This week we’ve got some magic in ordinary dwellings (M. Night Shyamalan‘s "Lady in the Water" and "Monster House") and some funny couples ("My Super Ex-Girlfriend," with Uma Thurman and Luke Wilson, and Kevin Smith‘s "Clerks II," featuring Jay and Silent Bob). What do the critics have to say?
For a moment, it appeared that M. Night Shyamalan would join the top tier of contemporary directors. "The Sixth Sense" and "Signs" were commercial and critical hits, establishing a winning combination of spooky, twisty plots and spiritual quests. But now, after the lukewarm critical reaction to "The Village," and the absolute drubbing that his latest, "Lady in the Water," is taking, it’s looking like Shyamalan may be adrift. (The fact that "Water" star Bryce Dallas Howard‘s dad was piloting the craft when Fonzie jumped the shark is purely coincidental.) The film tells the story of a super (Paul Giamatti) at a drab apartment complex who discovers a mythical creature (Howard) living beneath the swimming pool. Though its description makes "Lady" sound like a simple fairy tale, critics say the film is needlessly complex, ponderous, and pretentious. At 22 percent on the Tomatometer, "Lady in the Water" is out to sea.
On every street, there’s one house that’s just a little creepy, a place that inspires trepidation and even fear among the neighborhood kids. In "Monster House," there’s a residence that actually attacks people. The critics say this CG film, featuring the voices of Maggie Gyllenhaal, Nick Cannon, and Steve Buscemi, is technically excellent and effective as a funny, scary funhouse ride of a movie. But perhaps it’s a little too effective; more than a few of the scribes say the movie may be way too scary for younger viewers. Still, at 66 percent on the Tomatometer, this "House" may be a prime piece of real estate.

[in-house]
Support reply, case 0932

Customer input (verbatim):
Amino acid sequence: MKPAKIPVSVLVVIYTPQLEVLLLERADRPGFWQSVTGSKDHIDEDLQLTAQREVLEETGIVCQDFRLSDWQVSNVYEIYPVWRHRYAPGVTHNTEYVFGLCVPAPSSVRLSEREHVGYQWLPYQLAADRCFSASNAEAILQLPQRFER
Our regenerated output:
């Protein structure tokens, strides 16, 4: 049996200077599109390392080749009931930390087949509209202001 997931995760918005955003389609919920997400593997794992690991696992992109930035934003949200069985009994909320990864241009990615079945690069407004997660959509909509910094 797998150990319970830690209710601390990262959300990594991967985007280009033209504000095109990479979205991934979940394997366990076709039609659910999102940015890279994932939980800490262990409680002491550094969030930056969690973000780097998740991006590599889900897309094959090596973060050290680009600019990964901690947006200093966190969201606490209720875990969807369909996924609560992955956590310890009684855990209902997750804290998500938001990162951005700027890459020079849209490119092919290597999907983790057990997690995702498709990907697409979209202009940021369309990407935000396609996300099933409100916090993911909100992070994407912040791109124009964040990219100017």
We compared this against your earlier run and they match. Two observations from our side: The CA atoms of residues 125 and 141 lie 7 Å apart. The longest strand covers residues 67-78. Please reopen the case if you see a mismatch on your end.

"My Super Ex-Girlfriend" has a pretty amusing premise: A guy is on the outs with his girlfriend, but she’s a superhero, and uses her powers to thwart his budding romance with a coworker. Plus, director Ivan Reitman and stars Uma Thurman and Luke Wilson are pretty adept at light comedy. So what’s the problem? Well, the critics say the movie never quite transcends its premise. While the scribes say the leads are solid and the script does a decent job of poking fun at the superhero genre, the execution is ultimately too flat to make this material soar. "My Super Ex-Girlfriend" is at 45 percent on the Tomatometer.
It appears Uma has seen "The Texas Chainsaw Massacre" one too many times.
If it wasn’t for Bruce Springsteen, Kevin Smith would likely be the voice of New Jersey. His "Clerks" changed the landscape of indie cinema in the 1990s; its DIY aesthetic inspired hundreds of other kids in the suburbs with demented minds and big dreams to pick up a camera and document their existential crises. In "Clerks II," he revisits Dante and Randal, those lovable, potty-mouthed slackers, who’ve barely changed a lick in a decade (aside from the release of the "Lord of the Rings" trilogy and the presence of Rosario Dawson, which at least gives them something new to talk about). The critics say that while "Clerks II" will not break any new ground, it will please the legions of Kevin Smith acolytes with its witty, ribald humor. At 70 percent on the Tomatometer, "Clerks II" may be worth a stop, though it’s still a cut below the original, at 85 percent.
Also in theaters this week in limited release: Ryuhei Kitamura‘s "Azumi" is at 57 percent on the Tomatometer; "Shadowboxer," starring Cuba Gooding Jr. and Helen Mirren, is at 44 percent; and the bloody indie "Mad Cowgirl" is at 17 percent.